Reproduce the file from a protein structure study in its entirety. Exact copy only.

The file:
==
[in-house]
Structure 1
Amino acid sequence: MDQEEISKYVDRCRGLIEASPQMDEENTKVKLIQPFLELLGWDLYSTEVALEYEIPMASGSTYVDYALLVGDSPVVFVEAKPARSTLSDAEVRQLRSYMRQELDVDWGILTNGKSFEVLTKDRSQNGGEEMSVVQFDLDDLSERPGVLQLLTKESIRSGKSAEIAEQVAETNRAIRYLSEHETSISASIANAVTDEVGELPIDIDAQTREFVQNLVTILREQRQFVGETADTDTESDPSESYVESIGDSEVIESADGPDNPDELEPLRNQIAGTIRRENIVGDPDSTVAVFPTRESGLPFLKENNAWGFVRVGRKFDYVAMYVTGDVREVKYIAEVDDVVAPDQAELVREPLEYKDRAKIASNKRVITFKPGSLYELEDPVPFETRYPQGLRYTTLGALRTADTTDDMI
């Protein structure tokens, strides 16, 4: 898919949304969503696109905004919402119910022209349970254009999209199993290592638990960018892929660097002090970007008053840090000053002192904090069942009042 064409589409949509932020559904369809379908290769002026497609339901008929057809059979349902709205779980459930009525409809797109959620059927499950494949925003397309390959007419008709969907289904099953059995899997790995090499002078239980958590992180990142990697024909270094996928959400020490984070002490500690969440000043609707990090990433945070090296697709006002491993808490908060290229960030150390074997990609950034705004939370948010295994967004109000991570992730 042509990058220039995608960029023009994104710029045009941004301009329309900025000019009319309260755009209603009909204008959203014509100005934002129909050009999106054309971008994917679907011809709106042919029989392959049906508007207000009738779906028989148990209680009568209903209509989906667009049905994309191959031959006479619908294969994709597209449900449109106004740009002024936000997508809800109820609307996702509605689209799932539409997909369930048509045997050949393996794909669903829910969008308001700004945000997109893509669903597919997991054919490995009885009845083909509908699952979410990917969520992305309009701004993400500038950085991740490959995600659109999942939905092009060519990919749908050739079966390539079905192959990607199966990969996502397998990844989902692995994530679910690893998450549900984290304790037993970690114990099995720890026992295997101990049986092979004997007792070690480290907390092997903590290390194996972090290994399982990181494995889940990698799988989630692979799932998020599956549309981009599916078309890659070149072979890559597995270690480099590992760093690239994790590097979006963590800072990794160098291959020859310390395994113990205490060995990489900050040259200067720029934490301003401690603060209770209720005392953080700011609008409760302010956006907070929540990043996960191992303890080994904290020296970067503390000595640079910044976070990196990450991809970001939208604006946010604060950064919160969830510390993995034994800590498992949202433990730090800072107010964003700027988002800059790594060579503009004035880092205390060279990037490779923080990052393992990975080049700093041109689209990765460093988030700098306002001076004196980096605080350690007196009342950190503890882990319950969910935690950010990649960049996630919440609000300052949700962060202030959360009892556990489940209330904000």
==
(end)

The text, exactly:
[in-house]
Structure 1
Amino acid sequence: MDQEEISKYVDRCRGLIEASPQMDEENTKVKLIQPFLELLGWDLYSTEVALEYEIPMASGSTYVDYALLVGDSPVVFVEAKPARSTLSDAEVRQLRSYMRQELDVDWGILTNGKSFEVLTKDRSQNGGEEMSVVQFDLDDLSERPGVLQLLTKESIRSGKSAEIAEQVAETNRAIRYLSEHETSISASIANAVTDEVGELPIDIDAQTREFVQNLVTILREQRQFVGETADTDTESDPSESYVESIGDSEVIESADGPDNPDELEPLRNQIAGTIRRENIVGDPDSTVAVFPTRESGLPFLKENNAWGFVRVGRKFDYVAMYVTGDVREVKYIAEVDDVVAPDQAELVREPLEYKDRAKIASNKRVITFKPGSLYELEDPVPFETRYPQGLRYTTLGALRTADTTDDMI
């Protein structure tokens, strides 16, 4: 898919949304969503696109905004919402119910022209349970254009999209199993290592638990960018892929660097002090970007008053840090000053002192904090069942009042 064409589409949509932020559904369809379908290769002026497609339901008929057809059979349902709205779980459930009525409809797109959620059927499950494949925003397309390959007419008709969907289904099953059995899997790995090499002078239980958590992180990142990697024909270094996928959400020490984070002490500690969440000043609707990090990433945070090296697709006002491993808490908060290229960030150390074997990609950034705004939370948010295994967004109000991570992730 042509990058220039995608960029023009994104710029045009941004301009329309900025000019009319309260755009209603009909204008959203014509100005934002129909050009999106054309971008994917679907011809709106042919029989392959049906508007207000009738779906028989148990209680009568209903209509989906667009049905994309191959031959006479619908294969994709597209449900449109106004740009002024936000997508809800109820609307996702509605689209799932539409997909369930048509045997050949393996794909669903829910969008308001700004945000997109893509669903597919997991054919490995009885009845083909509908699952979410990917969520992305309009701004993400500038950085991740490959995600659109999942939905092009060519990919749908050739079966390539079905192959990607199966990969996502397998990844989902692995994530679910690893998450549900984290304790037993970690114990099995720890026992295997101990049986092979004997007792070690480290907390092997903590290390194996972090290994399982990181494995889940990698799988989630692979799932998020599956549309981009599916078309890659070149072979890559597995270690480099590992760093690239994790590097979006963590800072990794160098291959020859310390395994113990205490060995990489900050040259200067720029934490301003401690603060209770209720005392953080700011609008409760302010956006907070929540990043996960191992303890080994904290020296970067503390000595640079910044976070990196990450991809970001939208604006946010604060950064919160969830510390993995034994800590498992949202433990730090800072107010964003700027988002800059790594060579503009004035880092205390060279990037490779923080990052393992990975080049700093041109689209990765460093988030700098306002001076004196980096605080350690007196009342950190503890882990319950969910935690950010990649960049996630919440609000300052949700962060202030959360009892556990489940209330904000």